A head-shot of me near the southern Oregon coast

Theo Johnson-Freyd

Boas Assistant Professor and NSF Postdoctoral Fellow,
Department of Mathematics, Northwestern University

e-mail: theojf at math dot northwestern dot edu
Office: 312 Lunt Hall, Northwestern University, Evanston, IL, 60202
Office Hours: By Appointment.

Brief bio

My primary research is in an area I would call "homotopical physics": a mathematical physicist, I focus on quantum field theory, topological field theory, perturbative quantization, category theory, representation theory, and algebraic topology. A more detailed description of my current research interests may be found by reading my recent research statement for the 2015-16 hiring season. For even more details, see my publications and seminar presentations. Of course, if you want fewer details, perhaps you want my Curriculum Vitae (PDF) or perhaps the shorter version; they contain a strict subset of the information on this webpage.

I received my PhD from UC Berkeley in 2013, under the supervision of Nicolai Reshetikhin. As an NSF postdoc, my sponsoring scientist at Northwestern is Kevin Costello. Other collaborators include Alex Chirvasitu, Owen Gwilliam, and Claudia Scheimbauer.


Research papers


  1. Spin, statistics, orientations, unitarity. 2015. To appear in Algebraic & Geometric Topology. (abstract, arXiv: 1507.06297.)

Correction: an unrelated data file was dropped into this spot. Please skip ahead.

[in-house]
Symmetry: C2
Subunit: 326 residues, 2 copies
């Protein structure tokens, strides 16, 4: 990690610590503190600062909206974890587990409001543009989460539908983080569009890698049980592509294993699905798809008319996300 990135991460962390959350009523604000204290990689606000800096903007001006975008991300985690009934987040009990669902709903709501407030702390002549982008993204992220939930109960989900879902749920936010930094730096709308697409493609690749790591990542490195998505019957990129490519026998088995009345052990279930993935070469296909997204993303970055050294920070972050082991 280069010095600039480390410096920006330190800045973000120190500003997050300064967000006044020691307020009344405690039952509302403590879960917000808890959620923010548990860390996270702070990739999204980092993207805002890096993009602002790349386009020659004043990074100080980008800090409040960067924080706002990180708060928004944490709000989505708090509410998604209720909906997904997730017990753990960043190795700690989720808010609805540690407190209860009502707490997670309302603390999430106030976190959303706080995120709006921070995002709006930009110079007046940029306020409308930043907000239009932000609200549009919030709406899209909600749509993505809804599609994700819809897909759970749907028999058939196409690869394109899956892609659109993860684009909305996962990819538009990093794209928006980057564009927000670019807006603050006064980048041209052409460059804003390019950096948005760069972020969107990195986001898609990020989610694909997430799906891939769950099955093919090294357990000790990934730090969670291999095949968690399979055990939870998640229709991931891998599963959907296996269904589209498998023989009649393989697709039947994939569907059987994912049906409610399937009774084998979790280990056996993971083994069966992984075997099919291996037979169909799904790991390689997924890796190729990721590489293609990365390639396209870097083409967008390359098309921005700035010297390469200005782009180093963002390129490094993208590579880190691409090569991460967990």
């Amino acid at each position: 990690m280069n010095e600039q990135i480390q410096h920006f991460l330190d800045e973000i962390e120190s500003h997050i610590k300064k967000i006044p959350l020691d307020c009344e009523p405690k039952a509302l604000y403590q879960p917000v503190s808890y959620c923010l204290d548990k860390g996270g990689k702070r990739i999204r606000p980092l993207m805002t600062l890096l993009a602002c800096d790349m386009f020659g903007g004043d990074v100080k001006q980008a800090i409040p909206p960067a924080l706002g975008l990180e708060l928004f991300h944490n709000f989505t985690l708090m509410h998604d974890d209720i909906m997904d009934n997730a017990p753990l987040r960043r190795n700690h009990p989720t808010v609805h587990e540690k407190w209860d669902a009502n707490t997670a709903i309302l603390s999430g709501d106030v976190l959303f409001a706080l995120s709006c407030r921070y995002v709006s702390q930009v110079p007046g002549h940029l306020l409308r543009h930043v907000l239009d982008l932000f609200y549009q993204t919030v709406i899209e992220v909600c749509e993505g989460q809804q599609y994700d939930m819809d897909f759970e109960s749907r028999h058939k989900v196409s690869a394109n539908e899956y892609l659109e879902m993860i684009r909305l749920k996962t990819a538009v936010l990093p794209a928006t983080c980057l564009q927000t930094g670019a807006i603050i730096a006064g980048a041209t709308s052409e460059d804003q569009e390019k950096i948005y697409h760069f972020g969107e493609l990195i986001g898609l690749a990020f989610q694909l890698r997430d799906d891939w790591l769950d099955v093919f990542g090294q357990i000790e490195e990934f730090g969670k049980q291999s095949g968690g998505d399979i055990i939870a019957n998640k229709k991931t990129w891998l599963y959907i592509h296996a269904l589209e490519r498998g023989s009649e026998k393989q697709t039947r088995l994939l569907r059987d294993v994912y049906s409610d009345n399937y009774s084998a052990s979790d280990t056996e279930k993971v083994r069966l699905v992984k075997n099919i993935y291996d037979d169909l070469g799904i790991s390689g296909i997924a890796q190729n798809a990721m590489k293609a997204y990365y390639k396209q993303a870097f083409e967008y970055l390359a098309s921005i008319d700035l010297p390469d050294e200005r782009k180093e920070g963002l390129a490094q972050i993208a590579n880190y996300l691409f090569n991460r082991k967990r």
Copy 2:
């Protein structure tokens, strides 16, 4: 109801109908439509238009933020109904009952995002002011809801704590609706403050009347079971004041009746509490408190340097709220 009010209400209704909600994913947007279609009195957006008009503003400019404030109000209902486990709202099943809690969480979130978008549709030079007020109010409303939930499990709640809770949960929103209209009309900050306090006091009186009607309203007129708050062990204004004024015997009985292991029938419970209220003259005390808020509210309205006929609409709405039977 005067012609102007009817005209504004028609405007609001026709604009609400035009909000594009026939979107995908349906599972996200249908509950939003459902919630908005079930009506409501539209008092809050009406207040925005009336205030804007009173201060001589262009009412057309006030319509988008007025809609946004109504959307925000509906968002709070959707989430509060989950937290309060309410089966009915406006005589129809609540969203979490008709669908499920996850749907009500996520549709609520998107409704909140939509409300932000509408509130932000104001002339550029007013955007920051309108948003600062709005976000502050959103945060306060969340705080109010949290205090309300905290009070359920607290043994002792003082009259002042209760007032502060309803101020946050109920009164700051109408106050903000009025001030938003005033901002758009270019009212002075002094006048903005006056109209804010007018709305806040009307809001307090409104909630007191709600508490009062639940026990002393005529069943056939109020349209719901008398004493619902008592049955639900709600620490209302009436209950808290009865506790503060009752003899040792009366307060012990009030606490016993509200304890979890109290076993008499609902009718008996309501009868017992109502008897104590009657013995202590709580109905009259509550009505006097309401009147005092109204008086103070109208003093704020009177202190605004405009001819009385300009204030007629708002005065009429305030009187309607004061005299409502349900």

2. Tree- versus graph-level quasilocal Poincaré duality on S1. Journal of homotopy and related structures, June 2016, Volume 11, Issue 2, pp 333–374. (abstract, arXiv: 1412.4664, DOI: 10.1007/s40062-015-0110-2.)

  3. Homological perturbation theory for nonperturbative integrals. Letters in Mathematical Physics, November 2015, Volume 105, Issue 11, pp 1605-1632. (abstract, arXiv: 1206.5319, DOI: 10.1007/s11005-015-0791-9.)

  4. Reflexivity and dualizability in categorified linear algebra. With Martin Brandenburg and Alexandru Chirvasitu. Theory and Applications of Categories, Vol. 30, No. 23, 2015, pp. 808–835. (abstract, arXiv: 1409.5934, published version (open access).)

  5. Poisson AKSZ theories and their quantizations. In Proceedings of the conference String-Math 2013, volume 88 of Proceedings of Symposia in Pure Mathematics, pages 291--306, Providence, RI, 2014. Amer. Math. Soc. (abstract, PDF (published version), arXiv: 1307.5812, DOI: 10.1090/pspum/088.)